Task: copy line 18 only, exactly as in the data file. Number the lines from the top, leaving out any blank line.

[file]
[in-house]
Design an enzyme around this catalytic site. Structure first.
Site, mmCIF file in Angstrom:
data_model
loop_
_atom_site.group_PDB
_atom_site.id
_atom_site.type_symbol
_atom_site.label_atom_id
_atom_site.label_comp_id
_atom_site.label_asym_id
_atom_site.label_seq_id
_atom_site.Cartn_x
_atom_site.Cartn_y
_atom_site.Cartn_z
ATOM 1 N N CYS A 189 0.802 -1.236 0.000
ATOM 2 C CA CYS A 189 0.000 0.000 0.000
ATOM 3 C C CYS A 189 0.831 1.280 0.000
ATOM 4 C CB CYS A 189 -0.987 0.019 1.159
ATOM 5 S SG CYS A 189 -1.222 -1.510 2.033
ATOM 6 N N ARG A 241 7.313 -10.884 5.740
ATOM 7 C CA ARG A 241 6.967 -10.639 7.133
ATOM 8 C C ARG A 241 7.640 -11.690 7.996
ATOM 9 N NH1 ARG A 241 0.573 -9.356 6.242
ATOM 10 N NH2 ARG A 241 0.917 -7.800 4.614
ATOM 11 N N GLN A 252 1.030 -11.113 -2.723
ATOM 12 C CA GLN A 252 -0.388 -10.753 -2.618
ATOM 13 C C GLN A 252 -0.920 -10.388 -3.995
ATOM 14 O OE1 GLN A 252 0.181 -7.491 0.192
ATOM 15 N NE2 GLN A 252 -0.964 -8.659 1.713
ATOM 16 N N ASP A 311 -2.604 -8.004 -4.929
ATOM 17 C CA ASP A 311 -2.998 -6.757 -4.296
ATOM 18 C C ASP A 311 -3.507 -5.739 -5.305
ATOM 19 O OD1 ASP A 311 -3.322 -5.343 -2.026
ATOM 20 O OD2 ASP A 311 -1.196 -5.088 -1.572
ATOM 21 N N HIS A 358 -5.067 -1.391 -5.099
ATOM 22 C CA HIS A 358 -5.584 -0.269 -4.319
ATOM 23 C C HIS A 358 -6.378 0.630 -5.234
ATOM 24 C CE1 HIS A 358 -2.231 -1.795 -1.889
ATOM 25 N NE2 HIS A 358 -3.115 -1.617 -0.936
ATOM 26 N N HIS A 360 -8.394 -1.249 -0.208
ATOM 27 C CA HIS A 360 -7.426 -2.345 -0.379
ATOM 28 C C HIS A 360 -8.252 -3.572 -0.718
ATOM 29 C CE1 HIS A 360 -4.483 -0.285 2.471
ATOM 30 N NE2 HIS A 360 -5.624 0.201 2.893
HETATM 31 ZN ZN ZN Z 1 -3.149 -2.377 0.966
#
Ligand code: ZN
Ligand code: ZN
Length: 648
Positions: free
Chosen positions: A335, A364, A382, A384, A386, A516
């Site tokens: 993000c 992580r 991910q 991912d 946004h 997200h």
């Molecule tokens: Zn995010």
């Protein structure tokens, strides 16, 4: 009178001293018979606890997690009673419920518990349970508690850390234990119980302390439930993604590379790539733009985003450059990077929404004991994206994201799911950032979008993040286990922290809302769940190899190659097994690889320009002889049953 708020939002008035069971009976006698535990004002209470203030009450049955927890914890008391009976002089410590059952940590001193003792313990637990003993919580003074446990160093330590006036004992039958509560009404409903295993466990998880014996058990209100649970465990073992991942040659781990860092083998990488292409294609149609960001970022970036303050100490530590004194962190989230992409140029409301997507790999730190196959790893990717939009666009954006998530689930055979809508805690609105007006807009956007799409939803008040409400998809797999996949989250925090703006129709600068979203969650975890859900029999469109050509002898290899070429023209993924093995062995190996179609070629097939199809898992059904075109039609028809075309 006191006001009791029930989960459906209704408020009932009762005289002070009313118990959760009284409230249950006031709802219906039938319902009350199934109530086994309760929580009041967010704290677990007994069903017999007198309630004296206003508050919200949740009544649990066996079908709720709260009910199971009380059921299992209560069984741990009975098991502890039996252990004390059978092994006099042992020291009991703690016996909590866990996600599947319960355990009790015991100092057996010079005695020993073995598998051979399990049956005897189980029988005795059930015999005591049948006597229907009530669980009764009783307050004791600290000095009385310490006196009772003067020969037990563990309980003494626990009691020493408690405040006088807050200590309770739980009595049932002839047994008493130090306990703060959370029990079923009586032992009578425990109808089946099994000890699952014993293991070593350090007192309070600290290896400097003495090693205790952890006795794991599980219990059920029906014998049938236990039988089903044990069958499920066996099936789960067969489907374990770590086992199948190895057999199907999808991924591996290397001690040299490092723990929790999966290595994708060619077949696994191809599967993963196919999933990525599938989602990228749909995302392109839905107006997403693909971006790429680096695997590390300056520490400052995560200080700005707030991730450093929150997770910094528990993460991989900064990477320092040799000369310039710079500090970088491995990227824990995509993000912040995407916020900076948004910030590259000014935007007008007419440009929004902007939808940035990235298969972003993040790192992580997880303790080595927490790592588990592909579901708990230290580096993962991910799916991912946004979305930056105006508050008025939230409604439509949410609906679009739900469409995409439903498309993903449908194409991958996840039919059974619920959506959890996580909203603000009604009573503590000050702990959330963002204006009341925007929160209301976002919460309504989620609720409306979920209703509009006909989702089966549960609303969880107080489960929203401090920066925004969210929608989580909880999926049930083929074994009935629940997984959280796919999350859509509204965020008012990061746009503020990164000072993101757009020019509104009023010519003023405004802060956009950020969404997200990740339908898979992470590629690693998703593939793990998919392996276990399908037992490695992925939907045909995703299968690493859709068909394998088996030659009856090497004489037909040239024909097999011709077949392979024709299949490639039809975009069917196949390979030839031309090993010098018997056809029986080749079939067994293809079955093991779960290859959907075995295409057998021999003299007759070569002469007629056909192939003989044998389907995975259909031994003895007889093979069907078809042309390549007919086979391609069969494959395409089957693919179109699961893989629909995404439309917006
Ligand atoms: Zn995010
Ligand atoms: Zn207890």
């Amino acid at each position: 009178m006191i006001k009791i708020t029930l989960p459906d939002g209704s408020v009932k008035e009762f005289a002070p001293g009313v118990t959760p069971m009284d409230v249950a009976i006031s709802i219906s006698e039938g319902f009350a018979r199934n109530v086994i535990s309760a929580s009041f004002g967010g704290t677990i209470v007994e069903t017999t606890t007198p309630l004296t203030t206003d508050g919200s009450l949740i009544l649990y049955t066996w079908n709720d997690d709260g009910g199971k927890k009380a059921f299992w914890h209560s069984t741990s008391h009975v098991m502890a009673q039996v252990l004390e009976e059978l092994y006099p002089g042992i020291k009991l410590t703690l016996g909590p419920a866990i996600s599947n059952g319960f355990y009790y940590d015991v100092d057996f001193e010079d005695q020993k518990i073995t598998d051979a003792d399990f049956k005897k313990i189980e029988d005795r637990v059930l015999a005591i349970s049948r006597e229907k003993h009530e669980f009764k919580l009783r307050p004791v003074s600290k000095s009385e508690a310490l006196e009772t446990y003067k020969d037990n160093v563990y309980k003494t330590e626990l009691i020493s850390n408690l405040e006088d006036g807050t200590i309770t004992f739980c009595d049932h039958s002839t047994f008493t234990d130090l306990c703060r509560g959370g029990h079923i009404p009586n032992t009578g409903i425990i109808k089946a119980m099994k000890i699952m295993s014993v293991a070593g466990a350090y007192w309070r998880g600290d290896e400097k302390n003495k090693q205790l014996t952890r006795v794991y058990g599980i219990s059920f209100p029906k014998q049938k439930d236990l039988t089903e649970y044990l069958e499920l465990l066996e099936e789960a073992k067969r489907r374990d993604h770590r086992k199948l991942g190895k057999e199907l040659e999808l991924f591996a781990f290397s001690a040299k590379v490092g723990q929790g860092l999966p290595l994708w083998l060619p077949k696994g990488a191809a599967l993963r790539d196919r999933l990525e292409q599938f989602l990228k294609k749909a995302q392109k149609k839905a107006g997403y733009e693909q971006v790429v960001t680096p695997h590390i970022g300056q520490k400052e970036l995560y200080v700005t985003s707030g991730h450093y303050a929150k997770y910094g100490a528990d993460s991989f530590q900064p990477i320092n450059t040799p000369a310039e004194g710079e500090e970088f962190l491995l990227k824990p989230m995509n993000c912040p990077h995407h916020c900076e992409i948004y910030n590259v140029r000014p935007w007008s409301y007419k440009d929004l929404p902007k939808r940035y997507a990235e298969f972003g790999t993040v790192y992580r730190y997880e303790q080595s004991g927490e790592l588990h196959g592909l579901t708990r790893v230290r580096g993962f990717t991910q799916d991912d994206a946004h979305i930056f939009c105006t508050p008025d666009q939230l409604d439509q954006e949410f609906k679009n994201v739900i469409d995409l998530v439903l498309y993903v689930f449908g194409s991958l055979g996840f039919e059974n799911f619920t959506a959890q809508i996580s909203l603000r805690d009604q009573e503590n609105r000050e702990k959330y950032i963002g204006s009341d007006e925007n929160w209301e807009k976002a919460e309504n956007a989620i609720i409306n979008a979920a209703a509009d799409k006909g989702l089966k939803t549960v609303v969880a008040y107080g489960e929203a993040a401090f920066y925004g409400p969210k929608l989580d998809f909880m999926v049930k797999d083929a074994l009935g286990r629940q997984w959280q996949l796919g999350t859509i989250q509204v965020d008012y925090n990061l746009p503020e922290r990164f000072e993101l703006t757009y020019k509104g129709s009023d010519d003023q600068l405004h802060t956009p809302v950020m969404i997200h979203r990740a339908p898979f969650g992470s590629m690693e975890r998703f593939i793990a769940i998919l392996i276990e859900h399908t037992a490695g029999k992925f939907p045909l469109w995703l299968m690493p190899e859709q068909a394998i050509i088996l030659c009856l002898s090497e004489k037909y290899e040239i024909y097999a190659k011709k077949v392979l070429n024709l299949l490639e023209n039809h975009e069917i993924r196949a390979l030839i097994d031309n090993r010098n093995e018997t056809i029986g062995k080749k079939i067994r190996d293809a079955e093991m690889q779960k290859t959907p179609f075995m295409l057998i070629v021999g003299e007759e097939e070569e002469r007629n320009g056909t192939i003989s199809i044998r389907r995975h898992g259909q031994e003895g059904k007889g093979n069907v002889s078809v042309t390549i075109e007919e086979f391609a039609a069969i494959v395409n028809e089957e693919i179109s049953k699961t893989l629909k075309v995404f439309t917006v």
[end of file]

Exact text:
ATOM 3 C C CYS A 189 0.831 1.280 0.000